"[This book] embodies the Buddhist wisdom about change, life, and the
world more than anything written after the events of that day."
Robert Stone

September 2009 Archives

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September 30, 2009


Though this blog is about 21st century visual culture, as explored in the book Watching the World Change, every so often I encounter a non-visual aspect of the culture that I feel I just have to write about….

On Friday evening, "free jazz" pioneer Ornette Coleman, age 79, made his debut at New York’s Jazz at Lincoln Center, disgorging propulsive, mordant discordance from his sax, trumpet, and violin – often during the course of a single song -- in the premiere event of the new JALC season.

In 1930, the year of Coleman’s birth, novelist James Joyce was consumed with writing his last masterpiece, Finnegans Wake (published in 1939) – in some ways a literary precursor to bebop, modern jazz, and to Coleman’s circuitous, combustible, free jazz idiom. In the spirit of Coleman and Finnegan, herewith: an homage to Friday’s performance by Coleman, his son Denardo (on drums) and a double-bass tag team of Anthony Falanga (acoustic) and Al McDowell (electric)...

Bopgoblin moogoogle flugelhornettish coquettery. Cornettishistic scatterwalling poco loco rococo. Ornery orotund knottypine fandango. Ornate atonal contrapuntificat, all scatterscat, this swarm-snarling stacattornado hailspawning and tailspinning at, say, 300 Bird-Miles-an-hour.

Sated and satiated by that mood indigogo goo-spewed stew of gogobootilicioius ornetti orecchiette, with bacchanalli rabe. Festooned with a festering blistering fistulae of throbbing gristlewhistle. Try the combo-jumbo mumbo, that turbo-Trumbo mumble-gambol gumbo, those comafunktose piston-hissssin, valvoline-sheened crankcase flakes.

Hark the Googleplexiconstantinobalisque, oeuvreshadowcasting all. Check out that rhomboid porkpie-lidded Daddy-o, the balderdishdasha maharishi, the globo-boho oboe-toting hobo on that doom-domed dromedarian recalcitrantic mantis. Lisssssssin to the eardrumkitandkaboodle, the swoondoogled toggle-snuggled unpluggeried glug-glug-gluggery.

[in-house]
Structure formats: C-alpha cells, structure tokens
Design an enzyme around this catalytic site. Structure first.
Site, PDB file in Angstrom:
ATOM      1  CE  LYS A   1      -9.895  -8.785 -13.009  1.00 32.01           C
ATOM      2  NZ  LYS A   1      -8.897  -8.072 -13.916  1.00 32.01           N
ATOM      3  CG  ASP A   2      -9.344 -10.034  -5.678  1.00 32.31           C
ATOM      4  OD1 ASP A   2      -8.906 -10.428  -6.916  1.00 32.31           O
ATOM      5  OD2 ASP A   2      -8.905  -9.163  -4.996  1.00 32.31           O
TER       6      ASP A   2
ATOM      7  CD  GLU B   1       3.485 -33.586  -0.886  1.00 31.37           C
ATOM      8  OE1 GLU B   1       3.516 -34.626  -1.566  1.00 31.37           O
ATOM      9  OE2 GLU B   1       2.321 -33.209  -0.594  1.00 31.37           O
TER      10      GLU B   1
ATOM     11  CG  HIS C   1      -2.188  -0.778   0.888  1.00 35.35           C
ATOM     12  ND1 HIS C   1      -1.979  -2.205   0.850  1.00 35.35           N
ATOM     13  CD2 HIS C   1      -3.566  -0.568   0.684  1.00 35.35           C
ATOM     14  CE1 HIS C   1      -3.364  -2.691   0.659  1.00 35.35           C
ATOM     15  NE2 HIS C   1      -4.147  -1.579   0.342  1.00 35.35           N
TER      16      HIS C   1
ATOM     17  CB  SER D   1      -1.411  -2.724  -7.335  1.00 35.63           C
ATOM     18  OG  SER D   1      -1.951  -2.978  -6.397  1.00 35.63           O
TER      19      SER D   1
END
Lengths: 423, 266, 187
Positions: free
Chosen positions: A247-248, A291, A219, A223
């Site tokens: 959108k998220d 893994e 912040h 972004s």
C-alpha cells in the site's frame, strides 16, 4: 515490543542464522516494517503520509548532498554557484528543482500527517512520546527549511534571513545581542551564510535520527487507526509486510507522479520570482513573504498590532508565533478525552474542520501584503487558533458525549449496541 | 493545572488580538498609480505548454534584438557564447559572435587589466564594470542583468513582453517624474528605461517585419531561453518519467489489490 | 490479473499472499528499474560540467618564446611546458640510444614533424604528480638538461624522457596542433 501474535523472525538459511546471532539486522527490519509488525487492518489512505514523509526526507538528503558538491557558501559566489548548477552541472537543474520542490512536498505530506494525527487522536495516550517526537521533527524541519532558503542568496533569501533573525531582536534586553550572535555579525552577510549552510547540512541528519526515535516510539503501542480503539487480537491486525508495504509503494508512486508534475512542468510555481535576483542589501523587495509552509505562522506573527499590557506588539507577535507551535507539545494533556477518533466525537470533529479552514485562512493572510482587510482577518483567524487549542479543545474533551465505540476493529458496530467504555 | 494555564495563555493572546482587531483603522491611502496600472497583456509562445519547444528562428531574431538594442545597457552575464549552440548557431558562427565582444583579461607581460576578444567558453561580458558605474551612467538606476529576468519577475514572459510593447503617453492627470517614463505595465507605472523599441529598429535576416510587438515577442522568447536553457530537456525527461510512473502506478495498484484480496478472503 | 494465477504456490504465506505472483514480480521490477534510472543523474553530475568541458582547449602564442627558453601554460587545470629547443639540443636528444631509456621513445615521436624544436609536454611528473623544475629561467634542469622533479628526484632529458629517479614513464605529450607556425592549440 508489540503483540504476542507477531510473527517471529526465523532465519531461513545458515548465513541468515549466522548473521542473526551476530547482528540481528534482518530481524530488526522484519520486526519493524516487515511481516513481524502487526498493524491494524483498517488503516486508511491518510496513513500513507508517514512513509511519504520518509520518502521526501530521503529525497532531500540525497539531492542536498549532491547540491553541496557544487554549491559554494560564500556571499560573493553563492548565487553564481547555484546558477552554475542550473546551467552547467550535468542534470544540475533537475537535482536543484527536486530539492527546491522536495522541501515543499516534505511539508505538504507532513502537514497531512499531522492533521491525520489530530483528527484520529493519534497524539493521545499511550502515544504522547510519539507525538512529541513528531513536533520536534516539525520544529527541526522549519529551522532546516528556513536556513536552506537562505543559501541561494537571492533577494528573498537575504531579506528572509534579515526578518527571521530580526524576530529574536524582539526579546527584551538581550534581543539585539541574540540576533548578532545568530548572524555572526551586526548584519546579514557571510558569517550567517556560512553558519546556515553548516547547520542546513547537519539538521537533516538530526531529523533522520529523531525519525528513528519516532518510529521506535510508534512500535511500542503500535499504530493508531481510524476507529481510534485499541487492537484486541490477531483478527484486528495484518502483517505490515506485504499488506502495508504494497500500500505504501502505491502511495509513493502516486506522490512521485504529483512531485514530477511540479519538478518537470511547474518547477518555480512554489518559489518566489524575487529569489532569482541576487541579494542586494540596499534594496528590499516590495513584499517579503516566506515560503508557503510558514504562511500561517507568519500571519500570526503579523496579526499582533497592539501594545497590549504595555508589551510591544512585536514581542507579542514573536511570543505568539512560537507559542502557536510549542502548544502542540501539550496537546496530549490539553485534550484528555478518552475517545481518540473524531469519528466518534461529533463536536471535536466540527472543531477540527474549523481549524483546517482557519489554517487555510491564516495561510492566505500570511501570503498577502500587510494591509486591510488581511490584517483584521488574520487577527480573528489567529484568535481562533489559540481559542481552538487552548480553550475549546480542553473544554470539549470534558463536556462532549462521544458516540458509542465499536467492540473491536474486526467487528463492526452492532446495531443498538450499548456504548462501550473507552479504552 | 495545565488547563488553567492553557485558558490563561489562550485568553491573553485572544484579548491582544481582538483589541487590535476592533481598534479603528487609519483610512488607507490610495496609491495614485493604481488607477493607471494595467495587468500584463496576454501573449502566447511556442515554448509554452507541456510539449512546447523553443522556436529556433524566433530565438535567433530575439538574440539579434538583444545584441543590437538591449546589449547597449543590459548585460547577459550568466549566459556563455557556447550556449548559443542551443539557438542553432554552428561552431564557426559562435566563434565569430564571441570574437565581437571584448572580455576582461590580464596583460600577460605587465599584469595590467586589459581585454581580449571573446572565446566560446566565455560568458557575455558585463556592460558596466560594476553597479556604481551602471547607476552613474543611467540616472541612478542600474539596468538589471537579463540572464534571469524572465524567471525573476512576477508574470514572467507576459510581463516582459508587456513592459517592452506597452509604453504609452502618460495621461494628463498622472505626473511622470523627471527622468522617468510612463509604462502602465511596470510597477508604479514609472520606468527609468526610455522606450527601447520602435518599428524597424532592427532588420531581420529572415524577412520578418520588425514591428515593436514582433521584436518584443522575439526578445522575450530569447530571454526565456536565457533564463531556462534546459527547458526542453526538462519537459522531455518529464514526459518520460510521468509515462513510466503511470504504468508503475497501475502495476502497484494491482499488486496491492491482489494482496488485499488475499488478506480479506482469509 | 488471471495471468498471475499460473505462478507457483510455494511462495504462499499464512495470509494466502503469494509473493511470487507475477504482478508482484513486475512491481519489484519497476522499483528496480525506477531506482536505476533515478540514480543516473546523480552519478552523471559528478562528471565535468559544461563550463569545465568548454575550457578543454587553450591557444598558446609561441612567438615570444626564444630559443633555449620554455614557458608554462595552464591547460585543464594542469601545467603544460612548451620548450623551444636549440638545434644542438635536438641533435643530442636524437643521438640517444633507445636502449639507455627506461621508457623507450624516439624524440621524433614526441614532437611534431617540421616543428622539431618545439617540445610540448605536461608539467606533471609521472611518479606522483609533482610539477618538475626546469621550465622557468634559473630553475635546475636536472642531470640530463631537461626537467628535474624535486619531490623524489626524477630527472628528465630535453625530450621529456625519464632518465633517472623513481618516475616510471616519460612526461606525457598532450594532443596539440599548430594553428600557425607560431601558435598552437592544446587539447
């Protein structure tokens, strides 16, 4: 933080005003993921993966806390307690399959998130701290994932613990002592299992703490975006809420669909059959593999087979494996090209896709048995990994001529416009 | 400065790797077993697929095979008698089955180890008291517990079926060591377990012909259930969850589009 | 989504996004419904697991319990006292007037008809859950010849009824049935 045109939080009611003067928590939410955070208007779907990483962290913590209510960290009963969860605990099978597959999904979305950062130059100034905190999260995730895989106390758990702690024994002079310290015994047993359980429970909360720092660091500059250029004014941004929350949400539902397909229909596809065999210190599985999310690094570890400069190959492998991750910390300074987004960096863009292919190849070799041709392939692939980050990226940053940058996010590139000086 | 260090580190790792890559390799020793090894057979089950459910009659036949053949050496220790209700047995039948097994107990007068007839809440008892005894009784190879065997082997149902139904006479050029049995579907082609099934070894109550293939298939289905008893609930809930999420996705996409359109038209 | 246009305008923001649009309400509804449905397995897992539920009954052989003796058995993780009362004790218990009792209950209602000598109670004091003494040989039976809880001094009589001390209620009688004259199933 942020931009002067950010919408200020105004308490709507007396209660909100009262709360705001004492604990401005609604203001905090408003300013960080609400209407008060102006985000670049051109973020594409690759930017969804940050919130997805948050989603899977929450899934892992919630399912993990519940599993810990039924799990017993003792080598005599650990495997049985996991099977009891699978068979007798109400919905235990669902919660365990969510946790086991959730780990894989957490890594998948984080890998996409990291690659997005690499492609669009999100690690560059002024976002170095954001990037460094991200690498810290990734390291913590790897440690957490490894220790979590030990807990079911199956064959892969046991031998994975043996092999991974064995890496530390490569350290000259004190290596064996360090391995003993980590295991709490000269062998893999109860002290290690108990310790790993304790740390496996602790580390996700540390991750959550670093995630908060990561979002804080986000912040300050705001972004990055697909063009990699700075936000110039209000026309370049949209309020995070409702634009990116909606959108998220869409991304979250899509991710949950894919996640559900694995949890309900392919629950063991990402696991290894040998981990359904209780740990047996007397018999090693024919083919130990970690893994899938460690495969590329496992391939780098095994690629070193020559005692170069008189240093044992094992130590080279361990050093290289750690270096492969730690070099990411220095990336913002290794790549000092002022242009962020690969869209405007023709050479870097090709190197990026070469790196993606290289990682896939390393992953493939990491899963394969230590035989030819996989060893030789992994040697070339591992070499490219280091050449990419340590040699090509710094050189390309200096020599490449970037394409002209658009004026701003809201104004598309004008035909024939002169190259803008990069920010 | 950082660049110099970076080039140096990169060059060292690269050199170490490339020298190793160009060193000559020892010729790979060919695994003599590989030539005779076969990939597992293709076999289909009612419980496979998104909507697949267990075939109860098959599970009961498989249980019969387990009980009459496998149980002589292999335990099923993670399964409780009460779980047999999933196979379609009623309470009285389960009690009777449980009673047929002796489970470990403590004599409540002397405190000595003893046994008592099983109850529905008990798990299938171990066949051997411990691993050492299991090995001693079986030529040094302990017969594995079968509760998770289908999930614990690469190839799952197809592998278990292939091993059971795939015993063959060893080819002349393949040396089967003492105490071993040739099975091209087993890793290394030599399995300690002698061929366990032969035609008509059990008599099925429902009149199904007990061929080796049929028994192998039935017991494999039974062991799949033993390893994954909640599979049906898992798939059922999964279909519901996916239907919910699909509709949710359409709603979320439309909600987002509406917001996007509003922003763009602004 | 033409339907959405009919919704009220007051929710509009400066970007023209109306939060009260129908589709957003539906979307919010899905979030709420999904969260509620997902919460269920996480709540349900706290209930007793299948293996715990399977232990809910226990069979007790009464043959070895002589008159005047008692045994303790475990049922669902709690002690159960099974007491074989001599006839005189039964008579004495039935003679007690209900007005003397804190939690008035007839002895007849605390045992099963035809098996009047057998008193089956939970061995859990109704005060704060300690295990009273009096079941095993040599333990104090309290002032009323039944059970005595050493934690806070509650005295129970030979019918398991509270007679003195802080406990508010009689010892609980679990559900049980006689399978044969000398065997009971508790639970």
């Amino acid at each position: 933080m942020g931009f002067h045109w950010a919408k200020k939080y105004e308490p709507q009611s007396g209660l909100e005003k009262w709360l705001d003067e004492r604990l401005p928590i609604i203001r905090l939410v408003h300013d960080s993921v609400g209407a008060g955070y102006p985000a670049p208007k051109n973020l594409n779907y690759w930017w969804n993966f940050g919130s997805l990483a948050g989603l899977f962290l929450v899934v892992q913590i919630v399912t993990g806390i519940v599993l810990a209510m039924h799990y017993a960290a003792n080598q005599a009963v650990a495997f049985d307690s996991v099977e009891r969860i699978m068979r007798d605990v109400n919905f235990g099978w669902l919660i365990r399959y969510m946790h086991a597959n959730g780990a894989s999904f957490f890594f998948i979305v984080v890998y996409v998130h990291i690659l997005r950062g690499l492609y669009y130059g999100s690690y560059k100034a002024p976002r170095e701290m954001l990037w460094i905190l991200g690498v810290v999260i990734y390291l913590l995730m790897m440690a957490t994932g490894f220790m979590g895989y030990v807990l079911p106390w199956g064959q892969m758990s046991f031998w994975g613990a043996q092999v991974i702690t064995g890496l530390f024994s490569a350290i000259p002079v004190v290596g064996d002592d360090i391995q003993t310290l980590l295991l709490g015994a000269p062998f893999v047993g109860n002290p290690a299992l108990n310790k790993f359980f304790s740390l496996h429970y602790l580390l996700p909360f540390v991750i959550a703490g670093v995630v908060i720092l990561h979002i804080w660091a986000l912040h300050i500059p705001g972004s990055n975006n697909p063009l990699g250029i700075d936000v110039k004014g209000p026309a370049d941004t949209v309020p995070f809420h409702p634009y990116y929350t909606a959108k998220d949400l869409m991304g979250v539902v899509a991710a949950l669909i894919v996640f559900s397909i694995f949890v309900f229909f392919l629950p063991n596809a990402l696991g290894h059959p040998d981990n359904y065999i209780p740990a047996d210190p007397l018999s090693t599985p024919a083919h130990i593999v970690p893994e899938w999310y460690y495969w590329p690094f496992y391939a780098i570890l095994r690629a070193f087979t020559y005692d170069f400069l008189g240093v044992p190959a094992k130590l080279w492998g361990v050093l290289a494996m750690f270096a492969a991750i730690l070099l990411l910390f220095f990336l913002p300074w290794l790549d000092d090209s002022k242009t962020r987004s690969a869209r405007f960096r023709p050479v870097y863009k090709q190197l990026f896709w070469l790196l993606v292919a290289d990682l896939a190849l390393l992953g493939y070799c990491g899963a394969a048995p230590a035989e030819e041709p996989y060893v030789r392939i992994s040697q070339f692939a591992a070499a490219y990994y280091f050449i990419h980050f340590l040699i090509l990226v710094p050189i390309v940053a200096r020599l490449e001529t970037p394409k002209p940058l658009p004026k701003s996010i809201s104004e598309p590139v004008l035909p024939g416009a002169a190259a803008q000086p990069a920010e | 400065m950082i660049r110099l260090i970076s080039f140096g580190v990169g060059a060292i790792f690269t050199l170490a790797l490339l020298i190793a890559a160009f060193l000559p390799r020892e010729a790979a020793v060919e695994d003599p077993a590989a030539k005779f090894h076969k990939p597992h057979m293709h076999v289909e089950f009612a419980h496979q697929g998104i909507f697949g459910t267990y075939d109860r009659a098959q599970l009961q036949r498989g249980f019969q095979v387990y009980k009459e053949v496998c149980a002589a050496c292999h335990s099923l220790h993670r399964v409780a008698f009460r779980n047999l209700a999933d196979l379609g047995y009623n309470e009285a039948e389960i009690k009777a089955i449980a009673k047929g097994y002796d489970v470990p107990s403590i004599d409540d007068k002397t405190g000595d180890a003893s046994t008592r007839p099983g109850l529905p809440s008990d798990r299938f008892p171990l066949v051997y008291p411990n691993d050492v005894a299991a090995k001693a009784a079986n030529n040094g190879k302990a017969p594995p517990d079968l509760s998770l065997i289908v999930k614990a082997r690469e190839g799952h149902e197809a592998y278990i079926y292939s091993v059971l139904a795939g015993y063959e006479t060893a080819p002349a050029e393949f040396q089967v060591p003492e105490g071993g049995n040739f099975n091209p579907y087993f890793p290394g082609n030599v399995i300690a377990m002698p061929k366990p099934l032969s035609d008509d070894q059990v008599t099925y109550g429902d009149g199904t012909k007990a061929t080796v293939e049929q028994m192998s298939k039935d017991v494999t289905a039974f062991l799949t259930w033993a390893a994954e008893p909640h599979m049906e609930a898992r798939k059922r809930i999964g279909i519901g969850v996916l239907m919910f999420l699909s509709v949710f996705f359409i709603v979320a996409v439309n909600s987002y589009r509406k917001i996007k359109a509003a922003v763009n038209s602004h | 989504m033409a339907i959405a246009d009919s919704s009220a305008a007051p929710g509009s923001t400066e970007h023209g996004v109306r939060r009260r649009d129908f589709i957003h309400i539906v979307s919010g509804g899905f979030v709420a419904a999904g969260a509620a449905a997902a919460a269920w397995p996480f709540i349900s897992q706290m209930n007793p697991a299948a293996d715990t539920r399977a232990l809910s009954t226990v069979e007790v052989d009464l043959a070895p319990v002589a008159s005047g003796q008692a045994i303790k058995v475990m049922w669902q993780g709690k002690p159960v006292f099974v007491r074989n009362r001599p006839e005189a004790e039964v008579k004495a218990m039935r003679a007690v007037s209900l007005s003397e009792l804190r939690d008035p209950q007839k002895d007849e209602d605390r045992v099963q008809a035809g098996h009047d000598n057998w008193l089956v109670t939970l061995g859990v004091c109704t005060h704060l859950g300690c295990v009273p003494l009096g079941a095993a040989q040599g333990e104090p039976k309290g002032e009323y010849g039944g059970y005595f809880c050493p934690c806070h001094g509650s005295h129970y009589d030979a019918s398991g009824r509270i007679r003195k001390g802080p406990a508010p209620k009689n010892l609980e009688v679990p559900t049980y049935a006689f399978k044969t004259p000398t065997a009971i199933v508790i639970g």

Fallopium tubularity recapostulates the phallogenie. The vortiginous oronoconnoiters with His Infinitessimillogical Fractallusiveness.

Parasolipsustenant percussteraneous bloody bleebop agitpop. Asymphonic tonic-and-Sapphire. Freakopediant cybelencyclical. Fever-dream, swine-fluted tympandemonium. Cymbalumbilicalifragilisticalifornication.

Relativoltaic Einsteinian steinwayfarers! Rosenclank und Guildensturm-und-dranglers! Cascading tjader-esque bags-groovin’ rassanrollin’ sonnyrollickin’ monkful birdybyrdian dizzydecorous coltransistored dexter-beiderbexterous, itty-bitty-ubiquititty-rhythmsticketty, massive-assive clavichordant ornithologists, All! Percussin’ cuzzins...Ayyyy, men.

September 18, 2009

Mistaken Memory?

I'm in Toronto for the imminent unveiling of the exhibition "Vanity Fair Portraits, 1913-2008" - the final leg of a three-continent, five-venue tour. The exhibition, jointly curated by Vanity Fair and the National Portrait Gallery, London, appears at the Royal Ontario Museum, through January 4, 2010, having broken attendance records in London and Edinburgh and drawing throngs in Los Angeles and Canberra, Australia.

While here, I received this enlightening e-mail.

From Lloyd Chang, Singapore:

Dear Mr Friend,

I have just begun reading your book Watching the World Change, which I find that I can especially appreciate as a serious amateur photographer.

Prior to purchasing your book (which takes a while for Amazon to ship to Singapore), I had read Tom Junod's article ["The Falling Man," concerning the identity of a Wolrd Trade tower worker who tumbled to his death on 9/11] in Esquire, and viewed the Henry Singer documentary based on it.

I then came across your blog. In 2006 and 2008, two readers wrote to you about a different falling man, not the one in [AP photographer] Richard Drew's photo. They seemed to recall an image of someone whose tie was flapping in the wind, an image of which "half of the background was building, about half the sky".

You mentioned in your blog that you had not been able to identify the image, though you had some recollection of it. I too recall something that resembles the description of this image.

I believe the photograph in question is "Victims Jump" by David Surowiecki, for Getty Images. Jumpers are seen across a clear sky, which occupies about a third of the frame.